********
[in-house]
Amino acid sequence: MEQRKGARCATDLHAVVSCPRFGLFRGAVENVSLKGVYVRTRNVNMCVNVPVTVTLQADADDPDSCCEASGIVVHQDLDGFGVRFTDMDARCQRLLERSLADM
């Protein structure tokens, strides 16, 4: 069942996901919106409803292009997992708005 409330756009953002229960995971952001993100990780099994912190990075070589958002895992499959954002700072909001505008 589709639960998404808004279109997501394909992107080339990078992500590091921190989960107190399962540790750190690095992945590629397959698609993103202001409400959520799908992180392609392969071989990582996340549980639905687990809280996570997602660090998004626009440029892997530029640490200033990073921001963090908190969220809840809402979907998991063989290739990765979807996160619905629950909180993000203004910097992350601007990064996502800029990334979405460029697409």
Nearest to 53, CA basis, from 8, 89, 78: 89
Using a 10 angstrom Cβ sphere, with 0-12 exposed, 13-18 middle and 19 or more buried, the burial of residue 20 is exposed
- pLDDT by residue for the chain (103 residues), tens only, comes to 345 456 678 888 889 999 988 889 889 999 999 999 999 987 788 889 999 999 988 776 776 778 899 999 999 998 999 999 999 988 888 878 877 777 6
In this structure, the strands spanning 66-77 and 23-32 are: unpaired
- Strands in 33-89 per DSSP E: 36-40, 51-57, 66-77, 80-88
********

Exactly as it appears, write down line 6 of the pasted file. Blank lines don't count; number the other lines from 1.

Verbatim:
- pLDDT by residue for the chain (103 residues), tens only, comes to 345 456 678 888 889 999 988 889 889 999 999 999 999 987 788 889 999 999 988 776 776 778 899 999 999 998 999 999 999 988 888 878 877 777 6